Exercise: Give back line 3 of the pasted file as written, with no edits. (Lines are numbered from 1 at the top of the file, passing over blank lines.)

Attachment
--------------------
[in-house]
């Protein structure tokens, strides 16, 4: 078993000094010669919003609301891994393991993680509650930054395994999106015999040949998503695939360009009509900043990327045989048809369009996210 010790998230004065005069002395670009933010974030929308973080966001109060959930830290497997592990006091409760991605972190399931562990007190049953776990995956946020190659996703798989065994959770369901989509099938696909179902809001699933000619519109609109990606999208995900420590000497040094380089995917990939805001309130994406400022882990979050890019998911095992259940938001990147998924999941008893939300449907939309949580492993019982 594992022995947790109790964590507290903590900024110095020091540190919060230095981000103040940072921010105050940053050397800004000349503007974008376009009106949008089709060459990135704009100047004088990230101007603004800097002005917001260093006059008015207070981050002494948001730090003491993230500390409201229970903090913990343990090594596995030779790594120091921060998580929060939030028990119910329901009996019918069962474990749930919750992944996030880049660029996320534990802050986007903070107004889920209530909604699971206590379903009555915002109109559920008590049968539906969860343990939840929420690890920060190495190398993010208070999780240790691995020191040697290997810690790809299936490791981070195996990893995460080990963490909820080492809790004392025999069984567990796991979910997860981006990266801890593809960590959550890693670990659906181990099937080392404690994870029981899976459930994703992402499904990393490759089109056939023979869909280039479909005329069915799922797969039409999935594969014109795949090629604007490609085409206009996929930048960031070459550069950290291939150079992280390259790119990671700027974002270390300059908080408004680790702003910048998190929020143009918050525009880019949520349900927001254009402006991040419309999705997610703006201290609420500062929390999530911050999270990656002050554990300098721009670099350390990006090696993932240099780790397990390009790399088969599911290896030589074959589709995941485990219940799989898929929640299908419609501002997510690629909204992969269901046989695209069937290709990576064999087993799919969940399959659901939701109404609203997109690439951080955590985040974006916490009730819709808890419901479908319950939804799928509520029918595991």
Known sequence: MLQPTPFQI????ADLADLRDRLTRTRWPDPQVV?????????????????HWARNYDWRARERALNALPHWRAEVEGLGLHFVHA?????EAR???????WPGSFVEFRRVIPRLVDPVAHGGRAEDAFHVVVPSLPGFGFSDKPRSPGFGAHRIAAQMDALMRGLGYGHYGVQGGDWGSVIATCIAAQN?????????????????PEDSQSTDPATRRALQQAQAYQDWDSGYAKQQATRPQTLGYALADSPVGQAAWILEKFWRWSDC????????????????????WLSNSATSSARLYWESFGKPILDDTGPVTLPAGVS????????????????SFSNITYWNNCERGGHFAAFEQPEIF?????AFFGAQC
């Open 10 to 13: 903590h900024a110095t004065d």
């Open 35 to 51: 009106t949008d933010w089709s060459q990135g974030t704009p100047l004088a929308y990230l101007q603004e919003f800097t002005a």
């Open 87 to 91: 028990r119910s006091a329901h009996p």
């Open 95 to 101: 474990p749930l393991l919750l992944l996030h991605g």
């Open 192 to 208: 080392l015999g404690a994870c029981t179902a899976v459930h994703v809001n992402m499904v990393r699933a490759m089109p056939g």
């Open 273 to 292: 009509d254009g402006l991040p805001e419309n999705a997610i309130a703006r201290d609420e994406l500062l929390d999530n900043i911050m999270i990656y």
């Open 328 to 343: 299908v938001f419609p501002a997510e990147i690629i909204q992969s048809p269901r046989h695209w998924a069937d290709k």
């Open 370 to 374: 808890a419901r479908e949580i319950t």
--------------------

Known sequence: MLQPTPFQI????ADLADLRDRLTRTRWPDPQVV?????????????????HWARNYDWRARERALNALPHWRAEVEGLGLHFVHA?????EAR???????WPGSFVEFRRVIPRLVDPVAHGGRAEDAFHVVVPSLPGFGFSDKPRSPGFGAHRIAAQMDALMRGLGYGHYGVQGGDWGSVIATCIAAQN?????????????????PEDSQSTDPATRRALQQAQAYQDWDSGYAKQQATRPQTLGYALADSPVGQAAWILEKFWRWSDC????????????????????WLSNSATSSARLYWESFGKPILDDTGPVTLPAGVS????????????????SFSNITYWNNCERGGHFAAFEQPEIF?????AFFGAQC